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Mantic Games is a successful miniatures manufacturer based in the UK. They publish the Kings of War, DreadBall, Warpath, Dungeon Saga, and Deadzone line of miniatures games. They have successfully completed eight Kickstarter campaigns and raised a total of almost $5 million ($4,962,989 to be exact) without a single failure. As they have been unusually successful in this regard and they have a new Kickstarter campaign coming later in March, we decided that Mantic would be the optimal choice for this Kickstarting column. We taked to Chris Palmer, Mantic’s Kickstarter and marketing coordinator.

The Escapist: What is the latest Mantic project?

Chris Palmer: The new Kickstarter is Deadzone Infestation. In 2012 we set about creating a project called Deadzone. It was conceived as our second attempt at entering the sci-fi miniatures tabletop market. We’d tried previously back in 2011 with our Warpath game, but we ultimately didn’t spend enough money on it. We were in a lull where we couldn’t afford to do much hard plastic, so for a bit we made kits in PVC until we hit upon Kickstarter. That lit up our Kings of War game with a load of capital and lots of new miniatures kits for the game. That in turn gave us confidence in the system and so we set about creating DreadBall – a tabletop sports game set in the Warpath universe.

So, when we decided it was time to have another crack at a sci-fi miniatures game, our CEO decided that we would do so on a smaller level, for a number of reasons. For one, cost. Second, we could focus on a specific part of the Warpath universe. One of the most common complaints about our games is the lack of background, so rather than trying to create an entire universe in one go, a smaller game like Deadzone would allow us to focus in one story – in this case, a planet on the outer rim of the galaxy experiencing an alien virus breakout.

Third, we wanted to have hard plastic for Warpath. You need lots of core infantry and vehicles in a mass battle game, and the best way to do that is through hard plastic. Resin Plastic doesn’t do infantry well, and would have been unsuitable for vehicles. We needed a lower cost tool-maker to do it justice, one who could do both hard line objects and more organic shapes like faces and hands.

And that’s where the scenery came in. Deadzone is a claustrophobic game set in dense scenery, so we came up with a modular system of tiles to construct buildings. Buildings by there nature can be less detailed than infantry figures, and so sci-fi buildings became the test for hard line vehicles, flyers and armoured infantry units.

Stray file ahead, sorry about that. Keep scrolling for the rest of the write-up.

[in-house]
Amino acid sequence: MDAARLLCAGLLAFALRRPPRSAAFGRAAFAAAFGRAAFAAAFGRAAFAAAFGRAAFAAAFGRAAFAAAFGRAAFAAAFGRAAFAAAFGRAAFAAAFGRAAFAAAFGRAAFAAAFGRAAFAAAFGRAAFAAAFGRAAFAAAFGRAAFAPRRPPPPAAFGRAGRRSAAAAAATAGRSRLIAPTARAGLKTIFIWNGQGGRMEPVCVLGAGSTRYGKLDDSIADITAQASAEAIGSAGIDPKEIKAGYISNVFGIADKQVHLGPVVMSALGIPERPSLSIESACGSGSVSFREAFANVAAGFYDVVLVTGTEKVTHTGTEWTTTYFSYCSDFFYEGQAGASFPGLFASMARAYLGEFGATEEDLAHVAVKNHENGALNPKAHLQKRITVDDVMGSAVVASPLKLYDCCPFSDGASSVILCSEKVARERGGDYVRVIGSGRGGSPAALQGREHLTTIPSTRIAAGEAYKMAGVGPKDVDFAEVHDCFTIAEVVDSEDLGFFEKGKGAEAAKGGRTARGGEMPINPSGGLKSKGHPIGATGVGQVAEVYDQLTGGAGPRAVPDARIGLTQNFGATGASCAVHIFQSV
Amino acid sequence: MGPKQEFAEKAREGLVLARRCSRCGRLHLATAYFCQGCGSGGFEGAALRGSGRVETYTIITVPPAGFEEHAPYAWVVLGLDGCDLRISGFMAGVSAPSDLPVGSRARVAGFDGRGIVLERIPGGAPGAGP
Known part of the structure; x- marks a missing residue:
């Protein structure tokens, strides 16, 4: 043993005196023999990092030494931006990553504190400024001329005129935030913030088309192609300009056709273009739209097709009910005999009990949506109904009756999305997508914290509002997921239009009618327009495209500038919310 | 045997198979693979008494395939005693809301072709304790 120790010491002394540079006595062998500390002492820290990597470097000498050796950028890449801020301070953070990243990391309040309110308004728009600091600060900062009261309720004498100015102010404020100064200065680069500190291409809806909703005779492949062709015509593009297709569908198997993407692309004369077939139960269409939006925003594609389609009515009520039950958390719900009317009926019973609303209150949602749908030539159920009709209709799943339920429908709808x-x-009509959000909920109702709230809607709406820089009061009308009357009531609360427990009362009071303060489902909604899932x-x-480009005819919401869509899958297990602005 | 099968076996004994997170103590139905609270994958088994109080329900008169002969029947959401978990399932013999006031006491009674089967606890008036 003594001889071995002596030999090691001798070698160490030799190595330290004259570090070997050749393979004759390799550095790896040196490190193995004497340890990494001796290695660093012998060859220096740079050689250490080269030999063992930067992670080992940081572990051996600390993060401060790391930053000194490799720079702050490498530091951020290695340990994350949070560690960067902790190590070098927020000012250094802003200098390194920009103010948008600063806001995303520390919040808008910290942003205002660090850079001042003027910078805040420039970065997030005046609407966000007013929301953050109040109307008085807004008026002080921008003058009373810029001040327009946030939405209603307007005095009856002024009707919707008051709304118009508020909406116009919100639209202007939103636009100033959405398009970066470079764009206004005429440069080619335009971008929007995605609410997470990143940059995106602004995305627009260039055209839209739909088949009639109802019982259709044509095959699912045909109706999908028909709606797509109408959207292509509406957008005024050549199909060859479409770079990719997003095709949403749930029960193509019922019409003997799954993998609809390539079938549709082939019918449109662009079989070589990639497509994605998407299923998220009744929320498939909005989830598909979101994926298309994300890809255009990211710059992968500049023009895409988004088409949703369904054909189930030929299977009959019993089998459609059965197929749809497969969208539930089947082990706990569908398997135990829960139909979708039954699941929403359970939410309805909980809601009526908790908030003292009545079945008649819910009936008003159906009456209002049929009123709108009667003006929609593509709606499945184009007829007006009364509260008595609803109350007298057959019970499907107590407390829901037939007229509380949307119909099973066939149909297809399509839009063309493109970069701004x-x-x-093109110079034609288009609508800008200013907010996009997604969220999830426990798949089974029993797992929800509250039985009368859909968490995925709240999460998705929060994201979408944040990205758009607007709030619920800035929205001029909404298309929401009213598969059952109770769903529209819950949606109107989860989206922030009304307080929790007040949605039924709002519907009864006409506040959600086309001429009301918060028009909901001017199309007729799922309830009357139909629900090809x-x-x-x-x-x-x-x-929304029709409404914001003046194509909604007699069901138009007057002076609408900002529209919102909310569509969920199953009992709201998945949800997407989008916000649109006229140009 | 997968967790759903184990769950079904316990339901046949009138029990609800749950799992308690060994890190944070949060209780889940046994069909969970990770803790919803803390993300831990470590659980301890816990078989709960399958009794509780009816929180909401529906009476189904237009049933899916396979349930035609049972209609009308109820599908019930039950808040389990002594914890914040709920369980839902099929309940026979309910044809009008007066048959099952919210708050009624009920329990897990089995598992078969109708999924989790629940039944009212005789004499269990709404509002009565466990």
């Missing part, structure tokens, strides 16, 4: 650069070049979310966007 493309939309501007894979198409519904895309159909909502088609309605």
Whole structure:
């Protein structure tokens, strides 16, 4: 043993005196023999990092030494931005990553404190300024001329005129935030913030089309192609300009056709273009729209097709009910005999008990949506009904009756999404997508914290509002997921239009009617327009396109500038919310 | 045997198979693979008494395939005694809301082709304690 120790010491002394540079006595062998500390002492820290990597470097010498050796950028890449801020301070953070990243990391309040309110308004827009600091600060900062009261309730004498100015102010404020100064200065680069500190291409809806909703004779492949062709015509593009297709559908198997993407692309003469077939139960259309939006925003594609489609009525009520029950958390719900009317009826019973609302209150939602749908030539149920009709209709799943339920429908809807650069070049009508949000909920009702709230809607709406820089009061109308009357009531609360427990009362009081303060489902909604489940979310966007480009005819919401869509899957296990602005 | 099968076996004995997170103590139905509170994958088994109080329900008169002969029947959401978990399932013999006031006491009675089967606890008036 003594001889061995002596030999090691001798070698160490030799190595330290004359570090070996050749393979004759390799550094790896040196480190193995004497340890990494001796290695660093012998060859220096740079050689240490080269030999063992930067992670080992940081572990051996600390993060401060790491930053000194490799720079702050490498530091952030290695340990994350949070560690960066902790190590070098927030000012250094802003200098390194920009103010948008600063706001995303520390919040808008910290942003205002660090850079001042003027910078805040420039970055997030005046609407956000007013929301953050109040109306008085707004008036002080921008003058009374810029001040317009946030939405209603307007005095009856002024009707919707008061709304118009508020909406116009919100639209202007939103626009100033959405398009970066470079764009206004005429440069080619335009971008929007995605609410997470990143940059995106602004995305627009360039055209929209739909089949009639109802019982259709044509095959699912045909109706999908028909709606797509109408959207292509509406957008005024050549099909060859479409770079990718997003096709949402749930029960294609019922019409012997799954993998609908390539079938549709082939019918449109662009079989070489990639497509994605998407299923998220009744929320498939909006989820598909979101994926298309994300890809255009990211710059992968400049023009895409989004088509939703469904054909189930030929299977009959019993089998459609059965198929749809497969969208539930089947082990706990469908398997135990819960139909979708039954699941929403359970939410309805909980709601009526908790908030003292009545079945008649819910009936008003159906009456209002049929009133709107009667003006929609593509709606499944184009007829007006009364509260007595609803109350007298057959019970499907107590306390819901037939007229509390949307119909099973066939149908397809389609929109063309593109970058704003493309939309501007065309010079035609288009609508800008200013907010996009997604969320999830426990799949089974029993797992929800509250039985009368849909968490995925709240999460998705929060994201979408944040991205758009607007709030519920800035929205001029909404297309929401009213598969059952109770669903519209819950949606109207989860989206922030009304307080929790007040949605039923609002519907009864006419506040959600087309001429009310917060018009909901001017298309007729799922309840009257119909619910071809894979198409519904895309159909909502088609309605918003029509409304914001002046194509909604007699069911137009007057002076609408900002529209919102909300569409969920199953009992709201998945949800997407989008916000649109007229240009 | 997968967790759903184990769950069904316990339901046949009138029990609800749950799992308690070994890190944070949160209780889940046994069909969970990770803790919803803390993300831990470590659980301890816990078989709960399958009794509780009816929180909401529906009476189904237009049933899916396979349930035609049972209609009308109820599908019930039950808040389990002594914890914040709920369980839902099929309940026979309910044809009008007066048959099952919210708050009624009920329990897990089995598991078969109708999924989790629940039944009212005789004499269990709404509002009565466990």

The Escapist: What is the initial goal and what will that provide supporters?

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Palmer: The initial funding goal is $100,000. What we’ve recognized since the last campaign is our rulebook is a bit difficult to read and find things in. It’s inaccessible and that makes it very difficult for new players to get involved. With the funding we’ll be revisiting the rulebook, making it easier to read and offer up a gentler learning curve to get into the game. We’ll also take the opportunity to rewrite the campaign section and tweak a few of the things that need clarifying. And since we don’t want to leave out our previous backers, we’ll be providing this new rulebook free as a digital download.

The bulk of the funding will go towards tooling new kits. We’re aiming to add an entirely new faction to Deadzone – the Veer-myn. They will get a hard plastic infantry kit, forming the foundation of their Warpath army. We’re also creating new soldiers for the Enforcers and we’ll be adding to our scenery range. Those that support the project through the main pledge level with get the new rulebook, the new miniatures, the scenery, a newly artworked mat, all of the game aids, and we’re also creating a resin figure exclusive to the Kickstarter in order to say thanks to our backers.

We’ve tried to go for a pledge level value that is affordable and can have lots of stretch goals added to it.

The Escapist: Mantic’s past Kickstarters have all considerably exceeded the campaign’s initial goal. The initial goal is $100,000, but what level of funding are you actually hoping to hit?

Palmer: I just hope to hit the funding goal! Somewhere between $350,000-$500,000 would be nice because that will give us the base to cover everything we want to develop for this project. But we are planning what we call “mad shit” just in case we go past that value.

The Escapist: How does Mantic decide how far apart the stretch goals should be?

Palmer: There isn’t a scientific process to it. In fact, it’s very interesting to look at how other people do it. Look at Zombicide 2 as a great example of stretch goal pricing. The last goals on that campaign are over $100,000 for a single plastic model that sits on a tool with the previous seven miniatures they’ve funded, each at varying degrees of value. And that’s very clever, because they’re not overstretching themselves.